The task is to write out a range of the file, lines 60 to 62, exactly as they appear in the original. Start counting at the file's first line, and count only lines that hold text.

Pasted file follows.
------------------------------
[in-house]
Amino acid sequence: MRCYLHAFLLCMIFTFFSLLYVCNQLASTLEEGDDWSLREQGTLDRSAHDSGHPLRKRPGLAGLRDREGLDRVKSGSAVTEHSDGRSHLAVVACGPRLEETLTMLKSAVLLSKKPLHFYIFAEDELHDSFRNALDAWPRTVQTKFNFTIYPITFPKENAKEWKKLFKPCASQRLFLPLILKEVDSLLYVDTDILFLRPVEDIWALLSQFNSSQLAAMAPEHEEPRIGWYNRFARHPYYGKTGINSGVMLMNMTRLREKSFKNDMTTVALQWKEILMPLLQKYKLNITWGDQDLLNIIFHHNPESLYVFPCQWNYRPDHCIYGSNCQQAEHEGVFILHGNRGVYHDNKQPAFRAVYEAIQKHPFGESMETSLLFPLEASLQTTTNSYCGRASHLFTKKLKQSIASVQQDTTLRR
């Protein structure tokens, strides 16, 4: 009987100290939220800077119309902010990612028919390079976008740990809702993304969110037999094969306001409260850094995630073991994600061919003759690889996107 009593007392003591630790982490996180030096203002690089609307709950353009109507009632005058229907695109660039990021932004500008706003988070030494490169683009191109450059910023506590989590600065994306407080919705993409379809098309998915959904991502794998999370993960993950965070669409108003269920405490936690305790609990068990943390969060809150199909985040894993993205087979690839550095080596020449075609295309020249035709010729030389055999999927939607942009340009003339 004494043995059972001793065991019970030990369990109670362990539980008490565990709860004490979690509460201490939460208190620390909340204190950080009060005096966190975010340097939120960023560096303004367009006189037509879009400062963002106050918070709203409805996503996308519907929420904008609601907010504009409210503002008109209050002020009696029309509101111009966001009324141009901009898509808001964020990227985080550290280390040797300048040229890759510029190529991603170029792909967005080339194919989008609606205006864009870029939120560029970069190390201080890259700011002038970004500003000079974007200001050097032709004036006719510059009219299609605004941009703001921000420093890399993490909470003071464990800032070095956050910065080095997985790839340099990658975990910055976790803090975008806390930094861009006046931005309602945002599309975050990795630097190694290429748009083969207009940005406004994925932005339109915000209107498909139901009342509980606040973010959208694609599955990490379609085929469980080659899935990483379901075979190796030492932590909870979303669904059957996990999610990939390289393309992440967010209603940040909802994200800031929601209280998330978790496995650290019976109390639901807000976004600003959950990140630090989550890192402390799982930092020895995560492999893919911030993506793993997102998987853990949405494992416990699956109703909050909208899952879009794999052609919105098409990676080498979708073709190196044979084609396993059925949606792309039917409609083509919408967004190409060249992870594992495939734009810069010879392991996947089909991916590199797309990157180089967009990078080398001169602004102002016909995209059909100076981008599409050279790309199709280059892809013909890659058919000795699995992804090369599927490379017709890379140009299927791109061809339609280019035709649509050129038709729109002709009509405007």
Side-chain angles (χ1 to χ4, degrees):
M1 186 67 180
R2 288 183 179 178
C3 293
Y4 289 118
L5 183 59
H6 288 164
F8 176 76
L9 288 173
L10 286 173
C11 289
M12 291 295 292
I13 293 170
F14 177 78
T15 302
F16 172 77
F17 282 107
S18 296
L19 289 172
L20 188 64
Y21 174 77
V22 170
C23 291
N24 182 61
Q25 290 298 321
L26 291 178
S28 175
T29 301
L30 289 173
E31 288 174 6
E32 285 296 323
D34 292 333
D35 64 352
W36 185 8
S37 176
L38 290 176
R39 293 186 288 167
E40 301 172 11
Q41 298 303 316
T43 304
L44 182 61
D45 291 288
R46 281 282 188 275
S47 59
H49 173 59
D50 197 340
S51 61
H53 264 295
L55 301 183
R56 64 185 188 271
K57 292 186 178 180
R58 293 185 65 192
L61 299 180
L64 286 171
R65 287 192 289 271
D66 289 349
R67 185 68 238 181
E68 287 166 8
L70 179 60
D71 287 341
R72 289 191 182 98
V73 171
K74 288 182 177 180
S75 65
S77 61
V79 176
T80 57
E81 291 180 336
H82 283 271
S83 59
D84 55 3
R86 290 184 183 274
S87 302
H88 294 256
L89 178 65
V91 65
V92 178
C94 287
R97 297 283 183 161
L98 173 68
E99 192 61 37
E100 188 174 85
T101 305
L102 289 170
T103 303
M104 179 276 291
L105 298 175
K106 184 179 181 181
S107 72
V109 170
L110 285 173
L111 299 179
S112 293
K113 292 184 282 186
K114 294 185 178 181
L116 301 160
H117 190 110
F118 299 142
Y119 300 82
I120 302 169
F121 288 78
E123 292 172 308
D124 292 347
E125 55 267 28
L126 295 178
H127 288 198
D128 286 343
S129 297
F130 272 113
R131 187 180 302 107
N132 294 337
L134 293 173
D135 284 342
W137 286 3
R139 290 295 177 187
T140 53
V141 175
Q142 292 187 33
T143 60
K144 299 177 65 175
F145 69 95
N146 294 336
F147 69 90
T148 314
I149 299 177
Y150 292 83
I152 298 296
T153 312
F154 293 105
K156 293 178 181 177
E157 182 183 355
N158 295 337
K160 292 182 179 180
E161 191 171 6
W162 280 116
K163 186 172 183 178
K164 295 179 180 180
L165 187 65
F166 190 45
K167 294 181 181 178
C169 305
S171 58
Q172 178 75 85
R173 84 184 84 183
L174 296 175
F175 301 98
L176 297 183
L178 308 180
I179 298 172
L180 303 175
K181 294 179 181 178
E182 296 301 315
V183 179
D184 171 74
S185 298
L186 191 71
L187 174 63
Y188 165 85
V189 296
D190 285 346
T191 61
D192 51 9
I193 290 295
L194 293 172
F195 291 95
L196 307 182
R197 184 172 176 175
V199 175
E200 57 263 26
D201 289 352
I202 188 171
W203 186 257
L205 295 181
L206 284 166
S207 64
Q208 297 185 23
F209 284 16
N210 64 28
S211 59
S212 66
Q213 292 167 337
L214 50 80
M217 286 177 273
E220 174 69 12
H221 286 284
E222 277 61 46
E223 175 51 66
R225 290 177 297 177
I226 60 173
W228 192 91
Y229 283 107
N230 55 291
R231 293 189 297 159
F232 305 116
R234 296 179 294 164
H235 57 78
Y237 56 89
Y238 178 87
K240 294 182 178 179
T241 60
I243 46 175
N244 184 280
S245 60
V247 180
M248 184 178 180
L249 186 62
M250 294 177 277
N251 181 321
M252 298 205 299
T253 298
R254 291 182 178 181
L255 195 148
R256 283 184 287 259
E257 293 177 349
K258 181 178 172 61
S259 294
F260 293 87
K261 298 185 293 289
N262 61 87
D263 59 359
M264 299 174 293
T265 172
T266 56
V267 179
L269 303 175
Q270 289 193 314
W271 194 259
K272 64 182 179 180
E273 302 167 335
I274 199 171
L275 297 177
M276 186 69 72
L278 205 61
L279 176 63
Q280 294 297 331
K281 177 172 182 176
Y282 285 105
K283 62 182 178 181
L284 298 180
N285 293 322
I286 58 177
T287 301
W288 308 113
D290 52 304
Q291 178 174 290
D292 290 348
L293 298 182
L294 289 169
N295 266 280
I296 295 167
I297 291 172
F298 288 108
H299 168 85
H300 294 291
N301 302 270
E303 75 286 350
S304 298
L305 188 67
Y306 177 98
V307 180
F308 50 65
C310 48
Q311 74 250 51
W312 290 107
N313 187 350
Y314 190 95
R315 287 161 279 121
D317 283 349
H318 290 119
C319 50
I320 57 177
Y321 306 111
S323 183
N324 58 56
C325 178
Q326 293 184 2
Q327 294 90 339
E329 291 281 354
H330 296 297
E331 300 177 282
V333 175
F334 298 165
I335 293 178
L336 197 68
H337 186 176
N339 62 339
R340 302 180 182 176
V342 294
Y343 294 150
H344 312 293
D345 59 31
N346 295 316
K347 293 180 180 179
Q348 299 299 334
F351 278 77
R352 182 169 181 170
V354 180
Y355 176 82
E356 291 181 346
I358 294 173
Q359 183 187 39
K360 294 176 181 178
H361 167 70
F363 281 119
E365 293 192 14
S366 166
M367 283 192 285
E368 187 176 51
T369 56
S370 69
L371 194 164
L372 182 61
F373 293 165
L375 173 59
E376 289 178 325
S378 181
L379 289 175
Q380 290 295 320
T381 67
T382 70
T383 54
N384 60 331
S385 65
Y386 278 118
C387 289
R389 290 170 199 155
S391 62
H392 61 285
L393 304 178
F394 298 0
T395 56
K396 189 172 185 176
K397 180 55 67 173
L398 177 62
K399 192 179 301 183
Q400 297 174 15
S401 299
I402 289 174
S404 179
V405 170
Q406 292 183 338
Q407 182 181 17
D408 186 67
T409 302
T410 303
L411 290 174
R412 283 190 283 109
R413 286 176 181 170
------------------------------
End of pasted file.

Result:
R67 185 68 238 181
E68 287 166 8
L70 179 60